When It's Inconvenient for the Company

capitalism entrepreneurship life zen

This is a post about striking the right balance between values and business needs.

A few weeks ago, I helped finalize the parental leave policy at Gruntwork and an interesting philosophical discussion came up: How many resources is the company willing to allocate to creating a humane parental leave policy?

Some larger companies like Netflix offer full pay for 1 year when your kid is born. As a parent, that kind of benefit is…amazing. If I were an employee of Netflix, I would revel in the idea that Netflix cares about me and my family, not just the next release milestone. It would make me feel a deeper emotional connecton to the company.

But Gruntwork is just 12 people total with 9 engineers, and while we’ve been profitable from Day 1 and growing fast, if one engineer were to leave for a year, that would reduce our engineering output by, on average, 11% while still having to carry that perons’s salary. Can you imagine what kind of impact an 11% engineering output reduction would have on NetFlix? Let’s say NetFlix has 2,000 engineers. That’d be 220 engineers gone for a year…while on full payroll!

The reality is that, as much as I personally want to support a year-long parental leave policy, the company simply can’t afford it right now. Or to be more accurate, if we chose to support a 1-year parental leave policy, we would have to increase our cash reserves to a point that would significantly slow down hiring and other initiatives requiring working capital.

Ultimately, having any parental leave policy at all is “inconvenient” for the company in the sense that it reduces your ability to pump out new features and bug fixes and/or puts additional load on the rest of the team. So…should we just have no parental leave policy at all?

Well, wait, that would mean a person who joins the company and has a baby is expected to return to work the day after giving birth? That’s insane. Ok, 1 week after work? Still insane. Two weeks after? Theoretically doable, but hardly something I’d want for my family. Two months after? Hmm, then there are no daycare options, so… three months after?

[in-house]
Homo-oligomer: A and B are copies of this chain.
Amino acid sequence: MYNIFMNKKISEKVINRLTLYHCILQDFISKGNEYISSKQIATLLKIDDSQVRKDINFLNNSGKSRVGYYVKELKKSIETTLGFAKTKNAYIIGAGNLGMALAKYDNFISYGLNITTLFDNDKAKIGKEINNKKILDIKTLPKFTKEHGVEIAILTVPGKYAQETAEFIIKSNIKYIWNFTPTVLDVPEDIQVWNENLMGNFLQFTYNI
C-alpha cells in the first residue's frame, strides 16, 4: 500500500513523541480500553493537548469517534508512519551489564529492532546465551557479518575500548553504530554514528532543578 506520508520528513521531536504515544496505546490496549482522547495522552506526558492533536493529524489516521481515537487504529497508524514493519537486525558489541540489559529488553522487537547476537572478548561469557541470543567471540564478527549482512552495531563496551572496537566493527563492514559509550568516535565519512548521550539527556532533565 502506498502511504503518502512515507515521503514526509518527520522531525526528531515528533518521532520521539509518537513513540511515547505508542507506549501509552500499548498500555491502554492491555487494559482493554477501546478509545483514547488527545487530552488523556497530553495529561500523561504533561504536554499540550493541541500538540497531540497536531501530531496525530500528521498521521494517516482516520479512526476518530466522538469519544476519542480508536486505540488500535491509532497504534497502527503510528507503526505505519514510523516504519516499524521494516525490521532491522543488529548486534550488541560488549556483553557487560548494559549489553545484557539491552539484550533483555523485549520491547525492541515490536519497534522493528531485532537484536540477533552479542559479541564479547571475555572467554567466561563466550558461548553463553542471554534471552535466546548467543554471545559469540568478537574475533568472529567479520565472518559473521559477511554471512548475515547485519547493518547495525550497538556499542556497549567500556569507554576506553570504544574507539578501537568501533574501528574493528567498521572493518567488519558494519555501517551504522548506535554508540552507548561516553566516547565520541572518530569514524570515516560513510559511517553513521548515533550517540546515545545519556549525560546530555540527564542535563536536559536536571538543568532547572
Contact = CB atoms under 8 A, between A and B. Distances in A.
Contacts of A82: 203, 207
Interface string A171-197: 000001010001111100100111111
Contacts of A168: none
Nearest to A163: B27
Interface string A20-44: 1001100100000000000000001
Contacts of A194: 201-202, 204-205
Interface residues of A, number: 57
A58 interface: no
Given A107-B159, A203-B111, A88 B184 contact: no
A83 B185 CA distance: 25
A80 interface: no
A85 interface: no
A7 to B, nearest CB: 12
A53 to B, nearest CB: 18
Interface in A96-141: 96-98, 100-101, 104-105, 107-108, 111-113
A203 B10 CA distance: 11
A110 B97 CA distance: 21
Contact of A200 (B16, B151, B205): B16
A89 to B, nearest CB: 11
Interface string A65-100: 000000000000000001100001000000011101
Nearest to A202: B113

What starts to become apparent is that your human values begin driving this decision. Yes, it’s inconvenient to the company for someone to become a new parent and take any time off, but your values are that parenthood — as one example — is a wonderful rite of passage, a critically important part of a person’s life, and requires the support of a community (including a person’s place of work) to make possible. So you inconvenience the company to make sure you live out your values.

In business, you don’t get unlimited expression of your values. It’s too expensive. You’ve still got bills to pay and customers to please. But you can certainly look for the right balance.

Sometimes it’s not what a company does that showcases their values, but what they don’t do. A great example of this is Facebook. There’s a long list of data privacy scandals they’ve experienced in the last 12 years:

  • Tracking users' activity across the entire Web without their explicit permission (“Beacon”)
  • Sloppy controls around third-party apps ultimately leading to the Cambridge Analytica scandal
  • Learning which apps people downloaded and installed by leveraging their free VPN app
  • Lots more in recent news

In isolation, any one of these might seem like an “accidental oversight.” But in aggregate, they form a discernible pattern: Facebook just doesn’t value user privacy that much.